Ocean Science and Engineering
Internal waves are density oscillations propagating along the ocean’s inner stratification, which are now acknowledged as a key constituent of the ocean’s dynamics. They usually result from barotropic tides, which flow over bottom topography, causing density oscillations to propagate along the pycnocline with a tidal frequency (i.e. internal tides). These large-scale waves propagate away from their forcing bathymetry and frequently disintegrate into nonlinear short-scale (higher-frequency) internal wave packets. Typically, short-scale internal wave observations in the ocean are associated with vertical structures (in the water column) of the lowest fundamental mode. Higher vertical modes have recently been documented as well, but these are commonly short-lived (up to a few hours). However, unprecedented satellite images showing long-lived short-scale mode-2 internal waves have now been documented in the Andaman Sea, and we report here the companion results of a non-hydrostatic and fully nonlinear numerical model. The simulations reproduce the waves’ main characteristics as observed in satellite imagery, and the results suggest a resonant coupling with a larger-scale mode-4 internal tide as an explanation for their long-lived character.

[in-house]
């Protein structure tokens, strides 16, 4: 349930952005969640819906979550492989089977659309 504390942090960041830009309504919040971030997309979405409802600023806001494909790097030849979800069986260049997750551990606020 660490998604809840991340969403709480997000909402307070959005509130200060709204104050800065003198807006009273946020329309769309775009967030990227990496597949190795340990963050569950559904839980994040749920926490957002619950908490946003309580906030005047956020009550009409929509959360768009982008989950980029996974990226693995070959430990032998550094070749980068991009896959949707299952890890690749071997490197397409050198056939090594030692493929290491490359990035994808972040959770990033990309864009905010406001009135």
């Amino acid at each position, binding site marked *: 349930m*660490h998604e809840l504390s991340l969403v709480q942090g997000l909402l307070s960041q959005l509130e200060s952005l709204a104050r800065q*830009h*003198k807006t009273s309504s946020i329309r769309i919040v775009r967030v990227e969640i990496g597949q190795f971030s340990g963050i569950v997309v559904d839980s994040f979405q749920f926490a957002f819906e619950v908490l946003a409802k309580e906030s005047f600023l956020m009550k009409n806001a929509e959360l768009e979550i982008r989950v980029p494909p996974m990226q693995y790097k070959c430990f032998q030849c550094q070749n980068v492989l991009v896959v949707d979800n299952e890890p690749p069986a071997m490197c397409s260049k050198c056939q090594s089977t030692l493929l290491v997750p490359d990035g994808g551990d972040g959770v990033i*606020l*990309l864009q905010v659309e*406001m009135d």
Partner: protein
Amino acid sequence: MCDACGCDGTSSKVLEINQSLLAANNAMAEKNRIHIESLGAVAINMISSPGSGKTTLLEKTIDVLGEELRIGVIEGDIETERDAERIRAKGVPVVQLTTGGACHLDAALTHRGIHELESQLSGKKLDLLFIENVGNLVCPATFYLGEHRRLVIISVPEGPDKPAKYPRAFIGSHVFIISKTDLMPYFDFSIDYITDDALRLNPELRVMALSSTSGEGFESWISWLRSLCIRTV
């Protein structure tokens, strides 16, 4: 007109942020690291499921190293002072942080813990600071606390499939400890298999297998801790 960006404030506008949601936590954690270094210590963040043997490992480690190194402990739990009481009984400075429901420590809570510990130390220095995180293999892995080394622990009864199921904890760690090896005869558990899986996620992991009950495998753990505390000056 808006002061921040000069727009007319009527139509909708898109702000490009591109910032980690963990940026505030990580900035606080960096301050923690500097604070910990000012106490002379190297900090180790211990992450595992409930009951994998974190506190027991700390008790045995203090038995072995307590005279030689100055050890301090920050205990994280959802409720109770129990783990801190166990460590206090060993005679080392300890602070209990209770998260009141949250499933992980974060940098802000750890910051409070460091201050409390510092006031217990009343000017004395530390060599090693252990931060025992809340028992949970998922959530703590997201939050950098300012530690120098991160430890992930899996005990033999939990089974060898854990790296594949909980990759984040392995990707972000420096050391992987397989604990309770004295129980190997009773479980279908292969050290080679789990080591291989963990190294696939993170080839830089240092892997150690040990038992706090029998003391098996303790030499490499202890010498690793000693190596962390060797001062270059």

da Silva, J.,
Buijsman, M. C.
(2020). Long Lived Second Mode Internal Solitary Waves In the Andaman Sea. Scientific Reports, 10, 1-10.
Available at: https://aquila.usm.edu/fac_pubs/18099